At The Virtual Viking we are here to champion the casual gamers. So it seemed right…NO, it seemed our DUTY to kick off our Special Features with a list of games for all the Non-Gamers out there. The everyday people. This is for you….

Octodad: Dadliest Catch


An idea for a game that must have been born out of some repressed childhood nightmares, or with the help of some cheeky illegal substances. How can I best describe this? You play an octopus (cool). Who wants to be a person (okay, who doesn’t?). So he dresses in a suit, finds a family and convinces them that he’s a man (…right…). Who works, and shops, and does chores, and everything (…okay, you’ve lost me…)

As you can imagine, it’s not easy being an octopus in human disguise. The logistics must be a nightmare. And that is the premise of this comedic, physics-based game. The hilarity comes from not being able to control Octodad as he awkwardly struggles his way through all the jobs that we should probably be doing instead of playing video games. There’s no need to learn complex controls, or have lightning reflexes, to appreciate this indie gem, just grab some mates, some beers and let comedy commence.

Unchartered 4


Unchartered 4 is a shining example of how modern games are becoming increasingly like interactive cinema. Naughty Dog’s other success, The Last Of Us, tells a story better (in my opinion) however, for the overall experience, casual gamers can’t go wrong with Unchartered 4. You have puzzling, incredible landscapes and breathtaking cut-scenes; you have action, comedy, drama and you have Nathan-fucking-Drake! Granted the difficulty may be an issue for some gamers, but with the correct difficulty setting applied I challenge anyone to give Unchartered 4 a go and not have a good time.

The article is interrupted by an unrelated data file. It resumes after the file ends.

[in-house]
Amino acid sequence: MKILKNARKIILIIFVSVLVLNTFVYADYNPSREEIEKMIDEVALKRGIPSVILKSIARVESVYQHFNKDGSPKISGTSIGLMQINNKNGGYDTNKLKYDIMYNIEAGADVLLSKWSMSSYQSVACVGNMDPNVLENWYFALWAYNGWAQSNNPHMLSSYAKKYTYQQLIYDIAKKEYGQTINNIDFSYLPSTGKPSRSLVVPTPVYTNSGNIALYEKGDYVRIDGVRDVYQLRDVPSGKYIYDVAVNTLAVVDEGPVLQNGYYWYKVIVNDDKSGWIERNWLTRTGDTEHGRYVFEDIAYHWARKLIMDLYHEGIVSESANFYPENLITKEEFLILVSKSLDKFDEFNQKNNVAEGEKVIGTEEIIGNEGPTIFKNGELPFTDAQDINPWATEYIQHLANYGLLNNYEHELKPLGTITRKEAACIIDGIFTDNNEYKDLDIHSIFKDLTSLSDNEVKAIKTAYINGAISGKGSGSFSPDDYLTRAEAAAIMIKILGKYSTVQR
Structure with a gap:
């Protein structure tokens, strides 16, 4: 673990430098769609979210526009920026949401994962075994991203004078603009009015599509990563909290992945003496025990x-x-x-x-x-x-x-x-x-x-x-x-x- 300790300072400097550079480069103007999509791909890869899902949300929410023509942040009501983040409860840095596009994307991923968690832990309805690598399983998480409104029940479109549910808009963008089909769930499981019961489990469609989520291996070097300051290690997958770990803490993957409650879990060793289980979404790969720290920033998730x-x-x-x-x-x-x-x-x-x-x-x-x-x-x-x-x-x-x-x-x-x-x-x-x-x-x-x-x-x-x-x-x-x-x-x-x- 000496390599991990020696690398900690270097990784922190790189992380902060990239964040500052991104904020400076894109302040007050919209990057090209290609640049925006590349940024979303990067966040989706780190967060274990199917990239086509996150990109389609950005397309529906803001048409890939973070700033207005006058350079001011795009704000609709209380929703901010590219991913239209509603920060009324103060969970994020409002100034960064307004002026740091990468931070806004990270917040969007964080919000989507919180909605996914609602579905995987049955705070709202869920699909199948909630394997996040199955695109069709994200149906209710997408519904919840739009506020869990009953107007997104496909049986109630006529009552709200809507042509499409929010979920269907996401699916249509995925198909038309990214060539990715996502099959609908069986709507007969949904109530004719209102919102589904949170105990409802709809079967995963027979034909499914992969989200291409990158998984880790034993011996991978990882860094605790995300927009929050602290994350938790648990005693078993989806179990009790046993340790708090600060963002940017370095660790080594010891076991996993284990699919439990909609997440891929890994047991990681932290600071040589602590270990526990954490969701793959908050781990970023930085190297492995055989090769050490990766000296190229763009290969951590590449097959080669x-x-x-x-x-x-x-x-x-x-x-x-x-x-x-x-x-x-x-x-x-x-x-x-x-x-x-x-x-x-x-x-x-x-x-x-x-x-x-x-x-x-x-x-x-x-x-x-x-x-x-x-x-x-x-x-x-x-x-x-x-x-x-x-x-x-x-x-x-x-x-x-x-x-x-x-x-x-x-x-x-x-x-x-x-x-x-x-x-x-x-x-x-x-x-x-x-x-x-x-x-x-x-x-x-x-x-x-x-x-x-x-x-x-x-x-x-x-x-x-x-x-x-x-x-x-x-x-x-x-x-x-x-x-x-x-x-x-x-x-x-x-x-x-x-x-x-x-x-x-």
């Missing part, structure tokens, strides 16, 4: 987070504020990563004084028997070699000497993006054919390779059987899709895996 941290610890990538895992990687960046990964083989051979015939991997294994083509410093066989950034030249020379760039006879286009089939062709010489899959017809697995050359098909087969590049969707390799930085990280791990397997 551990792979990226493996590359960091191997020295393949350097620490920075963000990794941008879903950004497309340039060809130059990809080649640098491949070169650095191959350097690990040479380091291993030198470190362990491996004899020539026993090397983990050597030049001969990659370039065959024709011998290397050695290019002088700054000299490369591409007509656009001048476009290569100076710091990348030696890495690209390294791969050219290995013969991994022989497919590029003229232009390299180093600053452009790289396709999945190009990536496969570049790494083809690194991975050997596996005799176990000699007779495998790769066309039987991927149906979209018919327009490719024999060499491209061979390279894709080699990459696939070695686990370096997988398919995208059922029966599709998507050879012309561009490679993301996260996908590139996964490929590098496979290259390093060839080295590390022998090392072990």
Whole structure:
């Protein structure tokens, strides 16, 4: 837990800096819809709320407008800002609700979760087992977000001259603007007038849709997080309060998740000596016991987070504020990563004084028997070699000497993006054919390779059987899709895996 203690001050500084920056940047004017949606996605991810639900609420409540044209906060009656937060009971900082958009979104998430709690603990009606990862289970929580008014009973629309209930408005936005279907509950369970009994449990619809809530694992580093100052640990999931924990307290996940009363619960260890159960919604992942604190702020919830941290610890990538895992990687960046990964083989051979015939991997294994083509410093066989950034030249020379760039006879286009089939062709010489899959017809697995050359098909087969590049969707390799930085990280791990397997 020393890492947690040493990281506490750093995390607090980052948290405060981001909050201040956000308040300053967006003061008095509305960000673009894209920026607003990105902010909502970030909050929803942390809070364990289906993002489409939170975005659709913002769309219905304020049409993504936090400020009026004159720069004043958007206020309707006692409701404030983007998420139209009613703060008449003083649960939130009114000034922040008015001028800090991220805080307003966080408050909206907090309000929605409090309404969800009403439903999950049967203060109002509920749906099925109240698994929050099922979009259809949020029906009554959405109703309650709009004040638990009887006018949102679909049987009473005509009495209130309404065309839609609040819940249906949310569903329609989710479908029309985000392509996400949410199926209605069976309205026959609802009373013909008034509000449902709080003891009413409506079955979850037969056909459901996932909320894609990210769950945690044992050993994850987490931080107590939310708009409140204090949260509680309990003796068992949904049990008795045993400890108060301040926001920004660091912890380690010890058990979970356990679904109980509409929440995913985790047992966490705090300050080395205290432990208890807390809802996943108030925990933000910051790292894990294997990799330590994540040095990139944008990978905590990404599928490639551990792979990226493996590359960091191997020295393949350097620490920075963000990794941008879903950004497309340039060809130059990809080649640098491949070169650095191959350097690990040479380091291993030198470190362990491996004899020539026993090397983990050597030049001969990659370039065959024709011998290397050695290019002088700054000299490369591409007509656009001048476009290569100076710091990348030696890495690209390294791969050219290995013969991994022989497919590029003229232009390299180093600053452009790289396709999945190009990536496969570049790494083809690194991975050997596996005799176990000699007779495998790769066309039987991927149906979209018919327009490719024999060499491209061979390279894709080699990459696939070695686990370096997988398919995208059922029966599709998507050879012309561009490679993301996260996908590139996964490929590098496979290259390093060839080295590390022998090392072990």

Any Lego Game


I. Love. Lego. But that’s not why these games have made it to the list. Lego regularly release games parodying popular franchises, but with their own little comedy twists. As a fully grown adult you know you shouldn’t be playing it (you may have even grabbed a random nearby child when buying it just to save face, no shame), but it’s just so bright and colourful and… WAIT I GET TO PLAY AS HULK NO FRICKIN’ WAY!

Ahem, anyway, the controls are simple, you can’t really die AND it’s one of the few games around these days that supports couch co-op. Oh, and you get to play as superheroes or Jack Sparrow or even Jurassic Park dinosaurs, so, yeah.

L.A. Noire


For the puzzlers out there L.A Noire is a solid choice. The beauty of this game is that it has an emphasis on solving cases using patience and wits rather than blowing everything up and arresting whoever’s left alive (we’re looking at you Battlefield:Hardline). And let’s not forget the facial animation technology, which was revolutionary at the time and to be honest is still better than a lot of modern releases. Rockstar got the stylised setting spot on with this game and on the rare occasions where you have shit go down in L.A. town, if you can’t handle it then no worries, they have your back. ‘We noticed you’ve died quite a few times there, urm, would you like to skip this part of the game and go back to the sit-down-at-a-desky part?’ Why, yes Rockstar. Yes I would. Aren’t you a sweetie?

The Cave


What better genre for a casual gamer than a side-scrolling adventure puzzle platformer. Why The Cave though? Because it’s clever and funny. Deal with it.

In all seriousness though there are many games of its genre that could replace The Cave on this list, but we believe that the dark yet humorous narration and the interesting level and puzzle design is what sets it apart and will keep the attention of even the most modest gamer. Not to mention the fact that on each play through you will only see the story of 3 of 7 characters, which come the end of the game will have you jumping straight back in with another unlucky trio without hesitation.

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